The coalition also wants to set up an independent body to inspect the finances of political parties and MPs. Parties will have their public financing reduced.

ekathimerini.com , Sunday June 24, 2012 (21:47)  
Samaras pledges action after flash floods in Athens
No court hearings for civil cases
Greece’s lenders seem adamant that gov’t must act on bailout commitments
Future of Attica trash set to become clearer
Nicosia says reforms are bringing results
Economic reforms in Cyprus are starting to yield results, the government said on Saturday after one credit-rating agency upgraded its rating and a second its outlook for the bailed-out count...
TAIPED waits for green light from Eurostat
Eurostat has frozen the securitization of properties that the Hellenic Republic Asset Development Fund (TAIPED) had been planning. The project, drafted to bring some 400 million euros into t...
Inside Business
BASKETBALL
A win is a win is a win for Olympiakos
A bad Olympiakos defeated a worse Laboral Kutxa 63-57 to make it two out of two in the Euroleague on Friday. In a game where the two teams had an overall field goal rate of about one in thre...
SOCCER
Panathinaikos snatches point at Eindhoven
Panathinaikos offered its fans a glimpse of its glorious past in European competitions snatching a draw at PSV Eindhoven, on an otherwise bad night for Greek soccer in the Europa League, as ...
Inside Sports
COMMENTARY
End of reason, end of humanity
The effects of a slew of new and increased taxes introduced since the start of the crisis were first observed in the wages of those still fortunate enough to have jobs, who saw their take-ho...
EDITORIAL
Banks need to step up
What has been leaked so far regarding the results of the stress tests on Greece’s lenders, which are due to be published on Sunday, appears positive. Greece needs a healthy, private banking ...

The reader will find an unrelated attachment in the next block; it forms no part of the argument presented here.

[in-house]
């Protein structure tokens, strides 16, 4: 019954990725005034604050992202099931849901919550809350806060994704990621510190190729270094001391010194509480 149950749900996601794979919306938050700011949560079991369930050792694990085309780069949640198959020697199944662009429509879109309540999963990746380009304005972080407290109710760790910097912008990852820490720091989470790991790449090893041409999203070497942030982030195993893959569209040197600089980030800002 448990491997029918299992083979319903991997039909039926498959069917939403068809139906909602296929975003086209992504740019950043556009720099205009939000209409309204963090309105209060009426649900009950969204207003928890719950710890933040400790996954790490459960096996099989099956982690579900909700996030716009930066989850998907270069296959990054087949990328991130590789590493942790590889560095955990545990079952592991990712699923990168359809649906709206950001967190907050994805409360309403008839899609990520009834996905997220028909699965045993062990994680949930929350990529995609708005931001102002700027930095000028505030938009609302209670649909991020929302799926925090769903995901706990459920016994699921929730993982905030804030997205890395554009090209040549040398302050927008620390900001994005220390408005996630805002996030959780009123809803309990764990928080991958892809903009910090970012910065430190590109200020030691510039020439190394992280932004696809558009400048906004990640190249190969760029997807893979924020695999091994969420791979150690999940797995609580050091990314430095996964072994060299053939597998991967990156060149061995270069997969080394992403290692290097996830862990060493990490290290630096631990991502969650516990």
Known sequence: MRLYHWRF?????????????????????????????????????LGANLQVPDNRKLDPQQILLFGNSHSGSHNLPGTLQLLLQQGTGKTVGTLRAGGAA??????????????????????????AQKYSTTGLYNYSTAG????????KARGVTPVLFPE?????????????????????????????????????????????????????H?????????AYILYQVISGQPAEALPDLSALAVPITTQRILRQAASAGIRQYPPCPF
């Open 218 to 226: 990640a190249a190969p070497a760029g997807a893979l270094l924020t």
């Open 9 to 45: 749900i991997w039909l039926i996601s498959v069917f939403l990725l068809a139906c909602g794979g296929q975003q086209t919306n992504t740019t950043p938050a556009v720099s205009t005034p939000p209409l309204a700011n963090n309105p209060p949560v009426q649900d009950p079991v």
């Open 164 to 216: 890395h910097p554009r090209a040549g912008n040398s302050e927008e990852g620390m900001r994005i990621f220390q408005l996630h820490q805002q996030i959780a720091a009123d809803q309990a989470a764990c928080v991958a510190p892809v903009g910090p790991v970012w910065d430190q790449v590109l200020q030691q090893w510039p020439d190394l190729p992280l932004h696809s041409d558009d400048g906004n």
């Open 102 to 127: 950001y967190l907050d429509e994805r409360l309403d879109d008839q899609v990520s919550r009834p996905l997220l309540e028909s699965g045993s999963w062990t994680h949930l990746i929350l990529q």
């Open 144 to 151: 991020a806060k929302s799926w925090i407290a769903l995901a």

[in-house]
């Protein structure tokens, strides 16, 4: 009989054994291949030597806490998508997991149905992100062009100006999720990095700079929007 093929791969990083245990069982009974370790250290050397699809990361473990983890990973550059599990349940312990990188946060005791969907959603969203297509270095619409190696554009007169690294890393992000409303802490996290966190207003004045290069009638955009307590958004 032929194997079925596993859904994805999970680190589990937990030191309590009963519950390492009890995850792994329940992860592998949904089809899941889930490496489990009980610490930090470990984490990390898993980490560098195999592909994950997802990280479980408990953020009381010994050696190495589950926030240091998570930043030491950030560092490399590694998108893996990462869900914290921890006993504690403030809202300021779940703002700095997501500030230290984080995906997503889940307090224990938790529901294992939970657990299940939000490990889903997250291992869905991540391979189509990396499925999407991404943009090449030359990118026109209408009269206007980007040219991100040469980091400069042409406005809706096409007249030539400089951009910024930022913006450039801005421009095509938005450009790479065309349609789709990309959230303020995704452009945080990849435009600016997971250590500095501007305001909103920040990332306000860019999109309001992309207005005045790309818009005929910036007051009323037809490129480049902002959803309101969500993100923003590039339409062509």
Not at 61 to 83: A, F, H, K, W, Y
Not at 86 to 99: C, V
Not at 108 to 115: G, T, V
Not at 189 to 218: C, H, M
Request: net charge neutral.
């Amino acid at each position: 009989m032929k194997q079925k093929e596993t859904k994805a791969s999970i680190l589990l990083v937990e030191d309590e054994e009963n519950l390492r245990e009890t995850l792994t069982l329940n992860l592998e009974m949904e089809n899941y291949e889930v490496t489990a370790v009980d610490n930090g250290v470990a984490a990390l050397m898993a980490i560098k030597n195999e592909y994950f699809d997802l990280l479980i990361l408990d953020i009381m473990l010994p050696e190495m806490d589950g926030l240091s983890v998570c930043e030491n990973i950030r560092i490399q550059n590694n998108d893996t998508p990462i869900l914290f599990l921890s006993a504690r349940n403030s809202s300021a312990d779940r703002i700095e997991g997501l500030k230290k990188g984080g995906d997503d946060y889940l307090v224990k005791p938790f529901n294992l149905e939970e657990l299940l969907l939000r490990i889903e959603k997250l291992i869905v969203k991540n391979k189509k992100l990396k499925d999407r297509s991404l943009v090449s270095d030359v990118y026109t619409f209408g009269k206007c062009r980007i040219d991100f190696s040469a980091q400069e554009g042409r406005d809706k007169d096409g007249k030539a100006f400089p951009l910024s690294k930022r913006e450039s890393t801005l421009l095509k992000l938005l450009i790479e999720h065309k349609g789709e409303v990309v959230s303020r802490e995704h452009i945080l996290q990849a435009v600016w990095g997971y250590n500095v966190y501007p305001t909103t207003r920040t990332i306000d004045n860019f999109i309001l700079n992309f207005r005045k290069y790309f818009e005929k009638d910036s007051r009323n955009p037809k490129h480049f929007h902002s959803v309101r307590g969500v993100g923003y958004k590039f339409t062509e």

Inside Comment
SPONSORED LINK: FinanzNachrichten.de
SPONSORED LINK: BestPrice.gr
 RECENT NEWS
1. Nicosia says reforms are bringing results
2. Samaras pledges action after flash floods in Athens
3. No court hearings for civil cases
4. Greece’s lenders seem adamant that gov’t must act on bailout commitments
5. Future of Attica trash set to become clearer
6. Policeman admits to murder of his cousin-in-law
more news
Today
This Week
1. End of reason, end of humanity
2. Banks need to step up
3. Nicosia says reforms are bringing results
4. Samaras pledges action after flash floods in Athens
5. No court hearings for civil cases
6. Two small boats sink at Lavrio port
Today
This Week
1. The past, present and future of the Greek debt crisis
2. Greece’s closed society is central to its current malaise
3. Greece must stick to reforms, says Schaeuble
4. At least 11 banks to fail European stress tests, three in Greece, report says
5. Cyprus to block Turkey's EU talks after EEZ violation
6. Stop moaning and get in the game
   Find us ...
  ... on
Twitter
     ... on Facebook   
About us  |  Subscriptions  |  Advertising  |  Contact us  |  Athens Plus  |  RSS  |   
Copyright © 2014, H KAΘHMEPINH All Rights Reserved.